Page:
That night, we got into bed and laced our legs together like we usually did at night while we made our separate journeys from waking to sleep. I moved my hand across his strong, warm back and let my hands rest in his tumble of brown hair. I admired the way men seemed to evaporate so quickly and deeply into sleep, like it was just a matter of finding a black hole and falling fearlessly into it.
While I blinked in the dark, I thought about the hula-hoopers and wondered if they were a couple offstage. I couldn’t sleep, feeling my husband’s ragged breathing come in irregular gusts against my neck. I tried to match his pace but knew my lungs were too small to ever really do it for more than a brief, blissful second, when the world would open up its unknowable tempo and invite us both inside for a tiny, fragile measure, the kind that was always sure to shatter before you could even realize what it was about.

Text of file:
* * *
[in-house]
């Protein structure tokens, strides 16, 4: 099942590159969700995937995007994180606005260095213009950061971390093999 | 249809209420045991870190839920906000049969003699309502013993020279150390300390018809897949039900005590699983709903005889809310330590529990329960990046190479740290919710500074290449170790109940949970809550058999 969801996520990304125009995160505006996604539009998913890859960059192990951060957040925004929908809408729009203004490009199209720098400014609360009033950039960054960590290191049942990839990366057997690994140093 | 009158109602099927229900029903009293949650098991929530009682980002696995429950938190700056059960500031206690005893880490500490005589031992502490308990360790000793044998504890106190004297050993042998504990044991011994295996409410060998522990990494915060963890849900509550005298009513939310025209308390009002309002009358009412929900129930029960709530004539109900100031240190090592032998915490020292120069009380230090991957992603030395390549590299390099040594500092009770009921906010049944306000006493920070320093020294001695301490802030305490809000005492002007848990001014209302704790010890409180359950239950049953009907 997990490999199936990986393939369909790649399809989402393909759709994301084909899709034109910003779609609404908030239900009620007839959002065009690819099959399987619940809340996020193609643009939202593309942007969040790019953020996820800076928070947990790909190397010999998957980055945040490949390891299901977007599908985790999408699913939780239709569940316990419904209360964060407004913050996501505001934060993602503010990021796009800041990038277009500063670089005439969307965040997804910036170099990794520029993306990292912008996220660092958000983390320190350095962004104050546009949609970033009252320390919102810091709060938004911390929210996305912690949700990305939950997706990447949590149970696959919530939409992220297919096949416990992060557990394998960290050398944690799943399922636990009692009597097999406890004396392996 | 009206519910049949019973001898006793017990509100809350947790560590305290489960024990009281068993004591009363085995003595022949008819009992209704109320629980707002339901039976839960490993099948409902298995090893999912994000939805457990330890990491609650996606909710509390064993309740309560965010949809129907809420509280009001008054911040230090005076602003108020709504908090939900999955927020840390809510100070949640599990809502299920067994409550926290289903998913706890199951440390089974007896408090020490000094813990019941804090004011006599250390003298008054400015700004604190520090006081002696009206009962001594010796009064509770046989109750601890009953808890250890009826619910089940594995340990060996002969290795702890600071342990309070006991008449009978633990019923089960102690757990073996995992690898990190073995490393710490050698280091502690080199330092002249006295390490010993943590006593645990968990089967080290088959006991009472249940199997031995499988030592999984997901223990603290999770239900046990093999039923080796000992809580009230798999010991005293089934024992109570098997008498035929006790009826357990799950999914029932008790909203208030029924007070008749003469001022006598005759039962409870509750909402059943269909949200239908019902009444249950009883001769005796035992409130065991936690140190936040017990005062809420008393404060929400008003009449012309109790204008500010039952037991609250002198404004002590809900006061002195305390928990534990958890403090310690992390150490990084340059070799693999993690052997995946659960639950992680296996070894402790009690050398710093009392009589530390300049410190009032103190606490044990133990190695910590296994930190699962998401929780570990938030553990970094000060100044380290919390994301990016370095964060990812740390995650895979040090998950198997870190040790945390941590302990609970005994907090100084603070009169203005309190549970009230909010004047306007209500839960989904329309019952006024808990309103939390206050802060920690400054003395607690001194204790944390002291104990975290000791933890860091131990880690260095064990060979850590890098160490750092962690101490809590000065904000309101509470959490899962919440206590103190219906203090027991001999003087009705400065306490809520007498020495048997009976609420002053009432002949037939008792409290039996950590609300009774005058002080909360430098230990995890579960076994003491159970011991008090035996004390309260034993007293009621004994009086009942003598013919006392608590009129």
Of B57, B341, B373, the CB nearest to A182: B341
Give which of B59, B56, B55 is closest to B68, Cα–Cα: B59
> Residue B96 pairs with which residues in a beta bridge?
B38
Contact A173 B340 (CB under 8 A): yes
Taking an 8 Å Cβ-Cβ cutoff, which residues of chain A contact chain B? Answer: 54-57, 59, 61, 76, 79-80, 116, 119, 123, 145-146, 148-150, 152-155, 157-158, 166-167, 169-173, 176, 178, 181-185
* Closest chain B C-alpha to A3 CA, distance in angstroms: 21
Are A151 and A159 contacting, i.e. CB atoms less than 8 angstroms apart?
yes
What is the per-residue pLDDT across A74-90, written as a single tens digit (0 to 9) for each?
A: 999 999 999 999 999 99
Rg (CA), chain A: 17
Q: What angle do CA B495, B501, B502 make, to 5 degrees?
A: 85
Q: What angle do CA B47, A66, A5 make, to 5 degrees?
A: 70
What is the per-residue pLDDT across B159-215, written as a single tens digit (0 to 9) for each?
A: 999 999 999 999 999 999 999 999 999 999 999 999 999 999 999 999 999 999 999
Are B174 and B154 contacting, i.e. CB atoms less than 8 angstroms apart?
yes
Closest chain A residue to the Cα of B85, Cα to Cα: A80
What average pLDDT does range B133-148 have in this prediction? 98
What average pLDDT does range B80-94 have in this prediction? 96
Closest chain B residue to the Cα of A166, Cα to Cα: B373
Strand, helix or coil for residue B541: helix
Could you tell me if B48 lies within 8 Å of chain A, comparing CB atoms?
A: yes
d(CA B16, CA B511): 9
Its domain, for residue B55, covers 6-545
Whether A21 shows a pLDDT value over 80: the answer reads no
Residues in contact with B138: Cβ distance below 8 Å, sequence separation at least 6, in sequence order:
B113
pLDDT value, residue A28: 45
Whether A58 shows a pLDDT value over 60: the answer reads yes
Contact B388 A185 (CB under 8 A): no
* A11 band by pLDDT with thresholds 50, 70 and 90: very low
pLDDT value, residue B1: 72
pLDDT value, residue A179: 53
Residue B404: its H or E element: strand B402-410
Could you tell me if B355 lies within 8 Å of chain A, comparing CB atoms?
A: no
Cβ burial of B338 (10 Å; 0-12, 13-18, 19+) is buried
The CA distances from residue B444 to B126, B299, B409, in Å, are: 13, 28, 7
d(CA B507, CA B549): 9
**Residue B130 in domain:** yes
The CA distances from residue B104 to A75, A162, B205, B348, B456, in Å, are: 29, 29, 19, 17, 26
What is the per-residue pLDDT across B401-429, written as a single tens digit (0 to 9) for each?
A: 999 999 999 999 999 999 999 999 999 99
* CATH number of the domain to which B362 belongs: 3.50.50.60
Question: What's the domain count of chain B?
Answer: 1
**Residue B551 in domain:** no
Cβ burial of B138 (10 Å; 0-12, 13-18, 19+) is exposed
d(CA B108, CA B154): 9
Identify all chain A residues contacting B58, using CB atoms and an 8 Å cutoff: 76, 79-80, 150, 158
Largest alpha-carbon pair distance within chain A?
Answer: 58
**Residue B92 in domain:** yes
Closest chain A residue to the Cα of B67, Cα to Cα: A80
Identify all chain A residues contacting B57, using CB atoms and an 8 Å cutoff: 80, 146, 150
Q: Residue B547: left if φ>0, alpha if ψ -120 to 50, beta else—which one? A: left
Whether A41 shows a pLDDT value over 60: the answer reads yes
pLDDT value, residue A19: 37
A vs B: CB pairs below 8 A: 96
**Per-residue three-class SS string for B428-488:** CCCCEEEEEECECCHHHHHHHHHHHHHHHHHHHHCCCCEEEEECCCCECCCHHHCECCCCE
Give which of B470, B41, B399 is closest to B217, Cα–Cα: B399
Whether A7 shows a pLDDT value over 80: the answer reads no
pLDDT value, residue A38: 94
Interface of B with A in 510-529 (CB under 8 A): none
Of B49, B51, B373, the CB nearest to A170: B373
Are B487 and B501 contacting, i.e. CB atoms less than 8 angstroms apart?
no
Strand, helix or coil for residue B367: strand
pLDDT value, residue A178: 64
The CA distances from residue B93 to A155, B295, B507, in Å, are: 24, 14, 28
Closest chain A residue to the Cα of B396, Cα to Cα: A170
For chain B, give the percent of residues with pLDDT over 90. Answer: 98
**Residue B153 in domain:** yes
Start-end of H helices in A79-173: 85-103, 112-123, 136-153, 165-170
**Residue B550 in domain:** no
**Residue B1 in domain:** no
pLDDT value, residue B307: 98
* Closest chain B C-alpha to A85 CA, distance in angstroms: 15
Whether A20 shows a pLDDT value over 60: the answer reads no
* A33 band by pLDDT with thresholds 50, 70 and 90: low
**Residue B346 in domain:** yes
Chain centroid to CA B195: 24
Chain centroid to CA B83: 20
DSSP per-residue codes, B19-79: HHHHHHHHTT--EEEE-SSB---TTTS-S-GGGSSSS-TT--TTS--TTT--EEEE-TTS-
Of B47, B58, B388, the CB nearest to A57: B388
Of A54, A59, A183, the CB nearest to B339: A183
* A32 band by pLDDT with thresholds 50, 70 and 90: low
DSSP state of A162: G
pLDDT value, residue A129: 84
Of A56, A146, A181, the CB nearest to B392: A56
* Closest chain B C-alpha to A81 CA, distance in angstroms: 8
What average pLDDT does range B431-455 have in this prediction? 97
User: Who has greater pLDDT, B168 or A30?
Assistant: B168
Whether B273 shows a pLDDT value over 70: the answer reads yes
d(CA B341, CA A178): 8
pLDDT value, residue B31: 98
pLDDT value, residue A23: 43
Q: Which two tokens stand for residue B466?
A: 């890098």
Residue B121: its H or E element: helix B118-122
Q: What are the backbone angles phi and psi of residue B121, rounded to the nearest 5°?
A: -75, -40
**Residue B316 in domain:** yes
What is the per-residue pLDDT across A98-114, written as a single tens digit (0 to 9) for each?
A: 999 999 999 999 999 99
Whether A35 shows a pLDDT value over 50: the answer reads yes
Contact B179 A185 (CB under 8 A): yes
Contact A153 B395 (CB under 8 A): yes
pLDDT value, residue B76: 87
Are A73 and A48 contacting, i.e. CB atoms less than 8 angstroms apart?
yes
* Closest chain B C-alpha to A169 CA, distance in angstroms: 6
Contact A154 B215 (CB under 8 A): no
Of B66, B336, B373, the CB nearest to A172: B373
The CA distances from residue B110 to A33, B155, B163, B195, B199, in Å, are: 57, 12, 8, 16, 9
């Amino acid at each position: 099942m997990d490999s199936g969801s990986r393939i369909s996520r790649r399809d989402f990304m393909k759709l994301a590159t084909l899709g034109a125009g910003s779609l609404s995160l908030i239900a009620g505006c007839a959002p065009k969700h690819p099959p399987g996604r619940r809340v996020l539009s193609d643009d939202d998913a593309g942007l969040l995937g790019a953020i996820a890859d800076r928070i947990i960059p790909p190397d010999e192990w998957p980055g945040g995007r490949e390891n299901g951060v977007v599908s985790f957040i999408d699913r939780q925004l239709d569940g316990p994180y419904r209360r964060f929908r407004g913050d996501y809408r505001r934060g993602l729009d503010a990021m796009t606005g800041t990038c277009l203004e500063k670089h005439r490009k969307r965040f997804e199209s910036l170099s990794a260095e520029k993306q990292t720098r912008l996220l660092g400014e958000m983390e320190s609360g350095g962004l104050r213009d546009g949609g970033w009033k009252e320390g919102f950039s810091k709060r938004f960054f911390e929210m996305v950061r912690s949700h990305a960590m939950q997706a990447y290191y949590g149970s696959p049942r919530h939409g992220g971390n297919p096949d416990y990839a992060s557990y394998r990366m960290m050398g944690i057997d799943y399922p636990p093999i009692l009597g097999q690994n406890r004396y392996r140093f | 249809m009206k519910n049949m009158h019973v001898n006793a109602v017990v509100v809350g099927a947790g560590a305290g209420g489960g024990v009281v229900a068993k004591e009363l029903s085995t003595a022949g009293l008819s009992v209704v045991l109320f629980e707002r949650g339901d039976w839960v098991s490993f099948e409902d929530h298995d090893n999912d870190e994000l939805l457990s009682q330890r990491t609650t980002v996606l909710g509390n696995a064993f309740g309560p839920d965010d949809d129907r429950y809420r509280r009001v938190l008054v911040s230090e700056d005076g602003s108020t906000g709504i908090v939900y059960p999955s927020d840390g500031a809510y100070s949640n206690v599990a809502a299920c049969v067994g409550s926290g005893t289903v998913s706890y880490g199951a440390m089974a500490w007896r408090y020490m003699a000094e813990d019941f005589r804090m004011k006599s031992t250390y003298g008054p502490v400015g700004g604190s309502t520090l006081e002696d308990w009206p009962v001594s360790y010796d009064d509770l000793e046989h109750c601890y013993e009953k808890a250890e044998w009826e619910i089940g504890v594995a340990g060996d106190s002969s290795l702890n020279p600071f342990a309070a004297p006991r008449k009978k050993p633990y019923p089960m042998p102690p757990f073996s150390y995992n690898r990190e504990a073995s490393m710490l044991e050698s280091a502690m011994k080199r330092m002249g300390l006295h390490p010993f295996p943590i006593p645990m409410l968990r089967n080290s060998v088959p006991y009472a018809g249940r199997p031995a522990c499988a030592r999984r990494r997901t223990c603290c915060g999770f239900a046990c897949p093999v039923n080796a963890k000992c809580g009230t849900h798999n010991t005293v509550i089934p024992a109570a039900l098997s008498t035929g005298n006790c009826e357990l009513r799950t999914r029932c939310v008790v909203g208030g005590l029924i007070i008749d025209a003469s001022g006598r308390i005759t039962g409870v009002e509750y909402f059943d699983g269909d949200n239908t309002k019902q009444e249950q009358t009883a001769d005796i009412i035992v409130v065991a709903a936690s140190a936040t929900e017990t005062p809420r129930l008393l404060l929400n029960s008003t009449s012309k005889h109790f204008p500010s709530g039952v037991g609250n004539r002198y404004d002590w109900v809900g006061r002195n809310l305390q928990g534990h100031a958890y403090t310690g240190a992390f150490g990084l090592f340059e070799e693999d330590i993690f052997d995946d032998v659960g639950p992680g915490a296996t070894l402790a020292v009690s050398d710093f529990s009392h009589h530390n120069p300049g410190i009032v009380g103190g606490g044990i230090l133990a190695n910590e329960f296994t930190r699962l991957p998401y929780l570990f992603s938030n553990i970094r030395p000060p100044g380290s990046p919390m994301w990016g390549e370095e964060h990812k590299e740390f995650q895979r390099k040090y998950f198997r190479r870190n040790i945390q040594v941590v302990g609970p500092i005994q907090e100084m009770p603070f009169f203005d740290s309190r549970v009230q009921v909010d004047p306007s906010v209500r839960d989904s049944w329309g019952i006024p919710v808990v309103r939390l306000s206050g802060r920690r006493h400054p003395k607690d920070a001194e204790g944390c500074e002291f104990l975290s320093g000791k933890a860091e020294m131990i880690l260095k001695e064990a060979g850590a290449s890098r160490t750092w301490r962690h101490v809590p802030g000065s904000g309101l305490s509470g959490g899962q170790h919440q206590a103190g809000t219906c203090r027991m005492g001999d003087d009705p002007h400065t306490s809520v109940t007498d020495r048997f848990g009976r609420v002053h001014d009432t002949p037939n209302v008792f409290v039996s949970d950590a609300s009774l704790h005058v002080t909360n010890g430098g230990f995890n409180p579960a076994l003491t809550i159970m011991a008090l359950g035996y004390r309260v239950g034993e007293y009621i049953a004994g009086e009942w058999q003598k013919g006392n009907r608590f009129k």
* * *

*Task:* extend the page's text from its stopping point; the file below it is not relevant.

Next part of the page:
Lindsay Miller lives and works in LA. Her fiction has appeared, or is forthcoming, in Cleaver Magazine, SpringGun Press, and Black Heart Magazine. You can follow her on Twitter if you really want to at @lindsaylmiller.
–Art by Mario Mencacci